Buses driving in traffic release more nitrous oxides into the air and expend significantly more fuel than when idling, according to a recent study.
The study, released by the American Bus Association (ABA), is a response to the increasing restrictions placed on buses idling on streets or curbs by states and cities in an effort to clean up the environment.
"We face a Catch-22 situation," said Pete Pantuso, ABA president and CEO. "Cities and destinations love the cash-carrying passengers we bring to their door every day, but they don't like for us to idle and don't provide adequate parking."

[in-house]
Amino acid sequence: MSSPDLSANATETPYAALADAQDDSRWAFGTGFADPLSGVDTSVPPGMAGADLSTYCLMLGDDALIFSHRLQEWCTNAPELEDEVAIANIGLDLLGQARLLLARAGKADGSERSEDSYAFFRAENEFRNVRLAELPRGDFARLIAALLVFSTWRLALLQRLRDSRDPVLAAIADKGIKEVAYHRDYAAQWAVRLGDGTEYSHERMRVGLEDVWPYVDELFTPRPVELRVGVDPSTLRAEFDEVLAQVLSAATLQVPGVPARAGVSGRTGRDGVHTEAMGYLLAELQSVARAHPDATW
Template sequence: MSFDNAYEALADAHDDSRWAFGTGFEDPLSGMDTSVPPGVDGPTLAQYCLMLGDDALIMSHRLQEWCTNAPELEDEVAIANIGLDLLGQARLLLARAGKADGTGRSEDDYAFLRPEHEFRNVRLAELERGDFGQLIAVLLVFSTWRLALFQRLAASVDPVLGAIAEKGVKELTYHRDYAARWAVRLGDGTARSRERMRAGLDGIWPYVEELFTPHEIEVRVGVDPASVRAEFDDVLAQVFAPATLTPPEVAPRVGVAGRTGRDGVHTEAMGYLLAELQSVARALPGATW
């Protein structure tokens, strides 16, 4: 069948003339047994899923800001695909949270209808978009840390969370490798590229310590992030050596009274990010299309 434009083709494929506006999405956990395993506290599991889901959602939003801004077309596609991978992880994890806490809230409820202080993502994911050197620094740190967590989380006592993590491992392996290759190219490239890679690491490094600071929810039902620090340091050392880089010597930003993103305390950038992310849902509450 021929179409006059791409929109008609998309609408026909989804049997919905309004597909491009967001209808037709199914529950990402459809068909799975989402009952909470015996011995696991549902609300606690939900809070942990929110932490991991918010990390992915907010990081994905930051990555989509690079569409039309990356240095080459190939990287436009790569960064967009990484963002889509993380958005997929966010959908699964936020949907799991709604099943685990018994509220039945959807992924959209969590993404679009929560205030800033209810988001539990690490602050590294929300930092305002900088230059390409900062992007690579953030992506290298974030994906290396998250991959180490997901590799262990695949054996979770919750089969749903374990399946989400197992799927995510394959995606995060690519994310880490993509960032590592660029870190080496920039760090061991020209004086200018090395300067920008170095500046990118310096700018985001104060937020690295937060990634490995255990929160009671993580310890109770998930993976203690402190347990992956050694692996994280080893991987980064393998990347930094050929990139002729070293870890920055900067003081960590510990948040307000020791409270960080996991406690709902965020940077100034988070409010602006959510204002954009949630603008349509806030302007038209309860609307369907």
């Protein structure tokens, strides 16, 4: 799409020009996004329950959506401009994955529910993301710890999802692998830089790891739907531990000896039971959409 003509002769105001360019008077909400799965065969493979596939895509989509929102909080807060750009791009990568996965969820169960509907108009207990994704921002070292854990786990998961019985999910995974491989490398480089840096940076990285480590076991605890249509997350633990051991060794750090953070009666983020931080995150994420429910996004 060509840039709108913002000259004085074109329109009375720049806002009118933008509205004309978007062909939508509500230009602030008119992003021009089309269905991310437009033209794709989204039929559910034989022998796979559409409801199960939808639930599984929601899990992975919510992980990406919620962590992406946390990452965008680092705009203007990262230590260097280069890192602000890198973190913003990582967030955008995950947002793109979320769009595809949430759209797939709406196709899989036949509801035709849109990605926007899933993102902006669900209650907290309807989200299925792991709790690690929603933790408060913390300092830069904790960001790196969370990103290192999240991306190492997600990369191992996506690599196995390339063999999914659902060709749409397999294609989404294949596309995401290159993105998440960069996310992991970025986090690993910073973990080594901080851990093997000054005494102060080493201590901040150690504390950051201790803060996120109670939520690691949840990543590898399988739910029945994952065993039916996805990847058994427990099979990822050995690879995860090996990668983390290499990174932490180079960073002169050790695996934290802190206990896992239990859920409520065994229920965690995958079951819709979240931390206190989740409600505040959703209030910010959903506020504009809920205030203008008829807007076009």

Buses driving in traffic instead of idling, will emit as many as 22 pounds of nitrogen oxide a year for only one hour a day of circulating.
Also, buses that drive in traffic instead of idling use at least one gallon of fuel per hour.
The study, "Commercial Bus Emissions Characterization and Idle Reduction: Idle and Urban Cycle Test Results," compared the results of six buses with engines between model years 1997 and 2004.
For more information visit, www.buses.org